An illustration of a man rising to jump into a robot hand Experimental psychologist and social researcher Steven Pinker
It’s time to revisit the Enlightenment ideals

THINK:ACT MAGAZINE "OWN THE FUTURE"
It’s time to revisit the Enlightenment ideals

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Think:Act Magazine
Zentraleuropa
11. Juli 2019

Steven Pinker weighs in on big data, health and social advancements and finding solutions in reason

Interview

with Steven Pinker

Read more about the topic "Own the future"

Experimental psychologist and social researcher Steven Pinker thinks it's time we revisit the ideals of the Enlightenment. Here he answers three questions concerning humanity's long-term advancement.

The state of global affairs has some feeling like we are entering humanity's end days. In his new book "Enlightenment Now", Pinker details why this thinking is incorrect and why now more than ever we must all vigilantly defend the values of reason, science and humanism.

Currently a professor of psychology at Harvard, Steven Pinker has also taught at Stanford and MIT.
Currently a professor of psychology at Harvard, Steven Pinker has also taught at Stanford and MIT.

How will big data continue to change our world?

Our decisions will be more based on reality. Any judgement under uncertainty is fallible, but human intuition is a low bar – one of the most robust findings in psychology is that humans predict outcomes less accurately than even simple algorithms.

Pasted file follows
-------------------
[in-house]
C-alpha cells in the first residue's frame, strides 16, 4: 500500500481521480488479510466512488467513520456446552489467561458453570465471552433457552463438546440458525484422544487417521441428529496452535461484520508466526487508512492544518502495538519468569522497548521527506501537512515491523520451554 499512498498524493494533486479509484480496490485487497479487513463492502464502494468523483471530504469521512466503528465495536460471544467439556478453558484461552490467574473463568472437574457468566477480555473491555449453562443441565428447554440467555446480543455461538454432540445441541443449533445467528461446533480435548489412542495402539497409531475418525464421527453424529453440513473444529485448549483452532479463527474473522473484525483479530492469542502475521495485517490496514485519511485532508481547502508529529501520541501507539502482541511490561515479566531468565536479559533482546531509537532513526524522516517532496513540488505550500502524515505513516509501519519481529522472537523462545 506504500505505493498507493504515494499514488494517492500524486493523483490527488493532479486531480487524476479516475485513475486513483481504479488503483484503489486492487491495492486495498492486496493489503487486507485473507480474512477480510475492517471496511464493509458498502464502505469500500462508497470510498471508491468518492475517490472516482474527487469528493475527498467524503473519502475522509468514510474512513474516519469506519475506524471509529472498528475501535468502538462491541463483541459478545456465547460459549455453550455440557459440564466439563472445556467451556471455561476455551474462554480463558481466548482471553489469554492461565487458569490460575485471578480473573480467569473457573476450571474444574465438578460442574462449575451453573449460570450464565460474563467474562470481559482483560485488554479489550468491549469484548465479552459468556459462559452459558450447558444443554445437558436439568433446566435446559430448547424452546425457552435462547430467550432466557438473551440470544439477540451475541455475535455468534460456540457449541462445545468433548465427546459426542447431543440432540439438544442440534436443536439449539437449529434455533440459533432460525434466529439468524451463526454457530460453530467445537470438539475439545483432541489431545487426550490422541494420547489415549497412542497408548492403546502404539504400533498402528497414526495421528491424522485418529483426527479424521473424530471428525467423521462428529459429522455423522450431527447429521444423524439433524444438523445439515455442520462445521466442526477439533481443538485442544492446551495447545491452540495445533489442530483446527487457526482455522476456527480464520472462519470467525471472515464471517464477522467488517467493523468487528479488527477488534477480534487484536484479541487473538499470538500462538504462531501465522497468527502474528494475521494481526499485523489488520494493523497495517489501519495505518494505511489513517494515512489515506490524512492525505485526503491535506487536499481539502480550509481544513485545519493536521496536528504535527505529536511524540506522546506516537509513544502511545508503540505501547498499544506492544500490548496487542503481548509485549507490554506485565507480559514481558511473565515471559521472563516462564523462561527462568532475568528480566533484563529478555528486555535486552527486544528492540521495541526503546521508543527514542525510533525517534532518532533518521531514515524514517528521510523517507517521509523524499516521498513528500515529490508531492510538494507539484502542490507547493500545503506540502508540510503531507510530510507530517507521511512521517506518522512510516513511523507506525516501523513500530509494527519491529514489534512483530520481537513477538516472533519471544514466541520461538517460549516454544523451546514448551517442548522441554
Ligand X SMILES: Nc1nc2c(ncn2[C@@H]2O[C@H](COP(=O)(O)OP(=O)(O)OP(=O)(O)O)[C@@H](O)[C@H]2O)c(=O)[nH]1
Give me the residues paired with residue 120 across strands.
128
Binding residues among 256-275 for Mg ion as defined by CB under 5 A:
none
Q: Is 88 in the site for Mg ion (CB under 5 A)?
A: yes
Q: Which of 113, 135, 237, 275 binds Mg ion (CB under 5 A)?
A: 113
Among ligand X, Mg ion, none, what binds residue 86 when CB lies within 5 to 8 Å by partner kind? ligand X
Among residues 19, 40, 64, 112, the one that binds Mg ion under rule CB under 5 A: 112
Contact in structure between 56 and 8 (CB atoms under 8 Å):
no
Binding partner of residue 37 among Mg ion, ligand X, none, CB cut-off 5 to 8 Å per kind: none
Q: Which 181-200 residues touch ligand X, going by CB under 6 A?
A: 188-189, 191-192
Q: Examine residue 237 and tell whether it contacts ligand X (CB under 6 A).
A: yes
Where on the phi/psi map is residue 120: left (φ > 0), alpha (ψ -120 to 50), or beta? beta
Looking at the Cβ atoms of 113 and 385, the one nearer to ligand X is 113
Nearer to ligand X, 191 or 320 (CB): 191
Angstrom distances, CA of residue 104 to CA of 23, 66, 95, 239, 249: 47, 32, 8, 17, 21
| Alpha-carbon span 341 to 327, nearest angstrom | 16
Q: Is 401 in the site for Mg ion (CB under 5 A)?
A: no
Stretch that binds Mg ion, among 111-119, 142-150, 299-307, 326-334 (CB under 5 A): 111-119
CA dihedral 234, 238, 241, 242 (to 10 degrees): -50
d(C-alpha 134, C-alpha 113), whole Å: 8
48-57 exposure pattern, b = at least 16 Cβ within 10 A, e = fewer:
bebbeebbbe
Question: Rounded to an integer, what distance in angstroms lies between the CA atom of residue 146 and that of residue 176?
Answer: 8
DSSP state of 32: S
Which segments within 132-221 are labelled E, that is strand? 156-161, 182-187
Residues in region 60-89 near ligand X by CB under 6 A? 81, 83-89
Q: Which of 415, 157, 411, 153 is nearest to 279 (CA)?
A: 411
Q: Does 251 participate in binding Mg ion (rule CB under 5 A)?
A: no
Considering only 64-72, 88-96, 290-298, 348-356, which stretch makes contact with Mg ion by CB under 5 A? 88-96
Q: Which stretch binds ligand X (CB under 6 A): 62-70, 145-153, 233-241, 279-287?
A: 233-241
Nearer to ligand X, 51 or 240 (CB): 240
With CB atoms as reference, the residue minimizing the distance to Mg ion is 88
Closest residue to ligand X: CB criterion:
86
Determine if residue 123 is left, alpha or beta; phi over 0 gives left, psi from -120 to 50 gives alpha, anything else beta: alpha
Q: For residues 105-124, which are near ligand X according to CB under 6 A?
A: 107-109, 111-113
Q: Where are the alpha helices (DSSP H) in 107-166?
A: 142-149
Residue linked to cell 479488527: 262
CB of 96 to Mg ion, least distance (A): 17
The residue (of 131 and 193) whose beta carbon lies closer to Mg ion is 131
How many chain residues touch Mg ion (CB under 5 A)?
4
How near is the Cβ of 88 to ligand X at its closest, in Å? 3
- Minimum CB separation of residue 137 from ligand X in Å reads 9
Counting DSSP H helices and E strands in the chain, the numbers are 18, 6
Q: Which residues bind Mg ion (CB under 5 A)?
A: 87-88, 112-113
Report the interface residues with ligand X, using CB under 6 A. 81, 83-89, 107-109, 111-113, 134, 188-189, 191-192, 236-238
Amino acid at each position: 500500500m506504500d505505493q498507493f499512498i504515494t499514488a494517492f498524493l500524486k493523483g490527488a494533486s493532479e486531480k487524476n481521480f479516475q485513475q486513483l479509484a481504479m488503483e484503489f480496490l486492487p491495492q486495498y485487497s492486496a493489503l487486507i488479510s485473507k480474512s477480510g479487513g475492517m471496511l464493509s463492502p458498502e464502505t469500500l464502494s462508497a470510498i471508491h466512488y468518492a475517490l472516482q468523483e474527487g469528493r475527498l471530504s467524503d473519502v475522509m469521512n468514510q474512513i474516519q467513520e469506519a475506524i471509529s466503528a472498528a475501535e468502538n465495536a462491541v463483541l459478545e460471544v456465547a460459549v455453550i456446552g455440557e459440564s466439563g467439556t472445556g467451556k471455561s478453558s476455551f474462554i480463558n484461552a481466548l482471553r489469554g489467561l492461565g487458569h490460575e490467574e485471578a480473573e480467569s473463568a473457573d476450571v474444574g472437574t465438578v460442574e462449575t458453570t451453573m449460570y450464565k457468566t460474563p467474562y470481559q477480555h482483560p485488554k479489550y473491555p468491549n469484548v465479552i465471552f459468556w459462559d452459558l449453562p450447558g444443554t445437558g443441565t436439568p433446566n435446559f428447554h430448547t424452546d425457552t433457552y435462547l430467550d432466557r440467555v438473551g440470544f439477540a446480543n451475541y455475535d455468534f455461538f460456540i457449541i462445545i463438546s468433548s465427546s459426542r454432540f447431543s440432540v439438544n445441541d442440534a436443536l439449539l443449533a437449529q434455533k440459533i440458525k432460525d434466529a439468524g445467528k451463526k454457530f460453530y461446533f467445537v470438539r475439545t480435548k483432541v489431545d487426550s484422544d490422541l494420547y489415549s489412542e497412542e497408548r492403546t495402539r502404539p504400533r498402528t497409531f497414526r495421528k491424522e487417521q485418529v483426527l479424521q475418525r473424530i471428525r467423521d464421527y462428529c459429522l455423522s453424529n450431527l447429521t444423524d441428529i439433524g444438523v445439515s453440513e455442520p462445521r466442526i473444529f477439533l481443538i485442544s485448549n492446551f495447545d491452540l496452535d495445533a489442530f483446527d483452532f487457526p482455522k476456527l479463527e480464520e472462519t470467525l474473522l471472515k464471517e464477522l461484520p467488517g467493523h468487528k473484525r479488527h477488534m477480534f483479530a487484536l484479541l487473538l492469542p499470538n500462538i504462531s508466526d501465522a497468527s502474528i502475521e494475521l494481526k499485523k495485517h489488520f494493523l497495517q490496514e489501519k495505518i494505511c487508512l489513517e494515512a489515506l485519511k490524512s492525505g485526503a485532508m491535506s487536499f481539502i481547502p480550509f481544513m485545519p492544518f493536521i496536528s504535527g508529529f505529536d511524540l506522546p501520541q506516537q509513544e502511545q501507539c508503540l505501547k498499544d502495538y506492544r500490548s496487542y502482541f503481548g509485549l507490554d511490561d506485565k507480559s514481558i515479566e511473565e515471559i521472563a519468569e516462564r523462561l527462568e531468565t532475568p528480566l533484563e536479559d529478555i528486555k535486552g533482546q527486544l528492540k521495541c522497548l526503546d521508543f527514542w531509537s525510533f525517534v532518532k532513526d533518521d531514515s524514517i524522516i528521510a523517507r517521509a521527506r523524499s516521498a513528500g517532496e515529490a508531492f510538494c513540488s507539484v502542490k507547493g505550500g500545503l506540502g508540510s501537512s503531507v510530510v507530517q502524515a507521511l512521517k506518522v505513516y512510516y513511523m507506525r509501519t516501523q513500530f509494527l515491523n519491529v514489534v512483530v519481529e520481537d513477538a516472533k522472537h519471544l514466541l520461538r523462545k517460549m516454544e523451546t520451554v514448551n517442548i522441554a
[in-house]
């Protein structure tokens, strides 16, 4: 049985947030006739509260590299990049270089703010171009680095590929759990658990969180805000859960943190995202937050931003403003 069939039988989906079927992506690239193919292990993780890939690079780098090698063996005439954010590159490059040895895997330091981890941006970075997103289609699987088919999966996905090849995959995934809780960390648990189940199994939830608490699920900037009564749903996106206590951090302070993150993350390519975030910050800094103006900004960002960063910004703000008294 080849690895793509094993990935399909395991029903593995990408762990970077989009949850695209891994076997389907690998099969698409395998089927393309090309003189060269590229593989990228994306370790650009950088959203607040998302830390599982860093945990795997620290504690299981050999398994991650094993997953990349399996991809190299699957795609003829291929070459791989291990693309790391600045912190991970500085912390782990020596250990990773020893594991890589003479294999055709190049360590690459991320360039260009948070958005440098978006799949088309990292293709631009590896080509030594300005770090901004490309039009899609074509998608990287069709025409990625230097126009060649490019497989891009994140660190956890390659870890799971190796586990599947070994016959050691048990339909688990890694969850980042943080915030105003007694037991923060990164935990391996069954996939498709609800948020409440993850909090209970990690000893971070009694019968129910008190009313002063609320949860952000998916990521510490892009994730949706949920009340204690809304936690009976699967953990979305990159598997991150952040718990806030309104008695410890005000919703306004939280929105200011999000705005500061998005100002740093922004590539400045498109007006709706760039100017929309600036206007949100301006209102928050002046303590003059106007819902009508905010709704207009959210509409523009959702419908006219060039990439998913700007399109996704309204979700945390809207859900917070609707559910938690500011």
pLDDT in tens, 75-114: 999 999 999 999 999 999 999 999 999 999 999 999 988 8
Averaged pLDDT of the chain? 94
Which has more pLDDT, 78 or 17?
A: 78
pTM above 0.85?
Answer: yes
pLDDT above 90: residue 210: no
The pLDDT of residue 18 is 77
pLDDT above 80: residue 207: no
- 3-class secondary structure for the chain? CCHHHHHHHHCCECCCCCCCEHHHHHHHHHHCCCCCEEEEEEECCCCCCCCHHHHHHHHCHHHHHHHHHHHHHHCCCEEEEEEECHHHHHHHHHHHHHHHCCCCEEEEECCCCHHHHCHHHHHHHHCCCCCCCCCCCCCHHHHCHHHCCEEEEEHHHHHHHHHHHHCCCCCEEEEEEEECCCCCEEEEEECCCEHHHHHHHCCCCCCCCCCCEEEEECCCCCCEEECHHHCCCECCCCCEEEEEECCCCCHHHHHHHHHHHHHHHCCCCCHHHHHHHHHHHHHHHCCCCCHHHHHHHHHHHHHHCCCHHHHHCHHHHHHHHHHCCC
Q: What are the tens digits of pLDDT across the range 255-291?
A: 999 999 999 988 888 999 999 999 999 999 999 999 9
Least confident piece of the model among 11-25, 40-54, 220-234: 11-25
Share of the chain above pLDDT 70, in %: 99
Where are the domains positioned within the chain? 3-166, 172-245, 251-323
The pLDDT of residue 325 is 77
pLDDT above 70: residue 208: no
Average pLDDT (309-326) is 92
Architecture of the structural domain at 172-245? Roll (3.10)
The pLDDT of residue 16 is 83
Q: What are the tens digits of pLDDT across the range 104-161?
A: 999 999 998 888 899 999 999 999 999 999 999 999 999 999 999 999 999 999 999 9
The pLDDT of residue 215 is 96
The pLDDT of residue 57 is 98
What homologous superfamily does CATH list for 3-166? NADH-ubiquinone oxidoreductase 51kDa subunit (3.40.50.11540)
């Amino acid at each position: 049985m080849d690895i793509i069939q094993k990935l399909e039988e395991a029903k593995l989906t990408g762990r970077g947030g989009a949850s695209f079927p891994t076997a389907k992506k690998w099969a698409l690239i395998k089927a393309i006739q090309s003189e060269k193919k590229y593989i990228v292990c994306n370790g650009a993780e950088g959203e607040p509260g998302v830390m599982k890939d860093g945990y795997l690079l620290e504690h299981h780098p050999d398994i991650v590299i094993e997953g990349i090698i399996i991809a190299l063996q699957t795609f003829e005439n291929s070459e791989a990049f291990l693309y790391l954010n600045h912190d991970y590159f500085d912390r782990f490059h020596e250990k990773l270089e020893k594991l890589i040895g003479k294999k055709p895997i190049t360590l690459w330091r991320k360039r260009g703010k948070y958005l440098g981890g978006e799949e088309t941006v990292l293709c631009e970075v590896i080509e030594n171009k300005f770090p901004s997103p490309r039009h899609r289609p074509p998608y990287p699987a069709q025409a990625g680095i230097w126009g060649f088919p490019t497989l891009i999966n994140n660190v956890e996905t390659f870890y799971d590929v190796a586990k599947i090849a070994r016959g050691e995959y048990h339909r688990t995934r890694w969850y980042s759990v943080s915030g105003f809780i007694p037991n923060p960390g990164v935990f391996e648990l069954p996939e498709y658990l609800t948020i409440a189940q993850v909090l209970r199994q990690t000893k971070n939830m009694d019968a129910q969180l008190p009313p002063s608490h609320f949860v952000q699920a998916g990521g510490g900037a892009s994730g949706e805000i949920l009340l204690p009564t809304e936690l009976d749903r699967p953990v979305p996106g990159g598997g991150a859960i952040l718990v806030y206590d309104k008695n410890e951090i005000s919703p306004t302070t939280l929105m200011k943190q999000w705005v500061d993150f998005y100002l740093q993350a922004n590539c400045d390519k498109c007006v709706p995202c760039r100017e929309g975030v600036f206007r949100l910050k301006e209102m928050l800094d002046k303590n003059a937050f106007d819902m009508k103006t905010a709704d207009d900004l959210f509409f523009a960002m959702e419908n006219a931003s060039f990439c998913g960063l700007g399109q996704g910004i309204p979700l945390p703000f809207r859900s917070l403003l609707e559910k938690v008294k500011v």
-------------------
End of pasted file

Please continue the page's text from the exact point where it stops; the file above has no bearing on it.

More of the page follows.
Is it true? Have we really never had it so good?

In most ways, yes. We are healthier and longer-lived. We are better educated, less poor, more peaceful and more democratic. We are safer, less sexist and less racist, better socially connected and have greater access to knowledge and culture.

Do you think the values of the Enlightenment can prevail?

They can, although that does not mean they will – they need a constant defense against the darker side of human nature, with its tribalism, authoritarianism, magical thinking and zero-sum mindset. Gut instincts are fine for personal tastes, but for business and political policies, and for living a wise and satisfying life, reason is superior. That, perhaps, is the most important lesson of the Enlightenment.

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